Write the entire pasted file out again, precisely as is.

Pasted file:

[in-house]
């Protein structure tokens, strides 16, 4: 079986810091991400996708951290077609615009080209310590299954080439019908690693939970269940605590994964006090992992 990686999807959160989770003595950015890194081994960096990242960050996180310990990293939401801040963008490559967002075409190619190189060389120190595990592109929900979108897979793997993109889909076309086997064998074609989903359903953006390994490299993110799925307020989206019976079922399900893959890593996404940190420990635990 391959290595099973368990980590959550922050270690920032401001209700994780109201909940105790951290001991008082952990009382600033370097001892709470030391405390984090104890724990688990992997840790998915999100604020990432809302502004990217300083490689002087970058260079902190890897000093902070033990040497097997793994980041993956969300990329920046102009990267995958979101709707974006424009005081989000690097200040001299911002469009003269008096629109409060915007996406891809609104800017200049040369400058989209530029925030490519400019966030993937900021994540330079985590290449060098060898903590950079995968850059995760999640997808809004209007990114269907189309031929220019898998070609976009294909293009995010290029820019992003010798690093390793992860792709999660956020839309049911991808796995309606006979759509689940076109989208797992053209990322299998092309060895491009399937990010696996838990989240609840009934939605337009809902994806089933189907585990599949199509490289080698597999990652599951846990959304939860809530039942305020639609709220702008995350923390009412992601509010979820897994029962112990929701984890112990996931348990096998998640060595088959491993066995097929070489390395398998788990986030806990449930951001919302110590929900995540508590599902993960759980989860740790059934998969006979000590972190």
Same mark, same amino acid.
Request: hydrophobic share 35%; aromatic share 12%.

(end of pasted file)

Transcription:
[in-house]
């Protein structure tokens, strides 16, 4: 079986810091991400996708951290077609615009080209310590299954080439019908690693939970269940605590994964006090992992 990686999807959160989770003595950015890194081994960096990242960050996180310990990293939401801040963008490559967002075409190619190189060389120190595990592109929900979108897979793997993109889909076309086997064998074609989903359903953006390994490299993110799925307020989206019976079922399900893959890593996404940190420990635990 391959290595099973368990980590959550922050270690920032401001209700994780109201909940105790951290001991008082952990009382600033370097001892709470030391405390984090104890724990688990992997840790998915999100604020990432809302502004990217300083490689002087970058260079902190890897000093902070033990040497097997793994980041993956969300990329920046102009990267995958979101709707974006424009005081989000690097200040001299911002469009003269008096629109409060915007996406891809609104800017200049040369400058989209530029925030490519400019966030993937900021994540330079985590290449060098060898903590950079995968850059995760999640997808809004209007990114269907189309031929220019898998070609976009294909293009995010290029820019992003010798690093390793992860792709999660956020839309049911991808796995309606006979759509689940076109989208797992053209990322299998092309060895491009399937990010696996838990989240609840009934939605337009809902994806089933189907585990599949199509490289080698597999990652599951846990959304939860809530039942305020639609709220702008995350923390009412992601509010979820897994029962112990929701984890112990996931348990096998998640060595088959491993066995097929070489390395398998788990986030806990449930951001919302110590929900995540508590599902993960759980989860740790059934998969006979000590972190």
Same mark, same amino acid.
Request: hydrophobic share 35%; aromatic share 12%.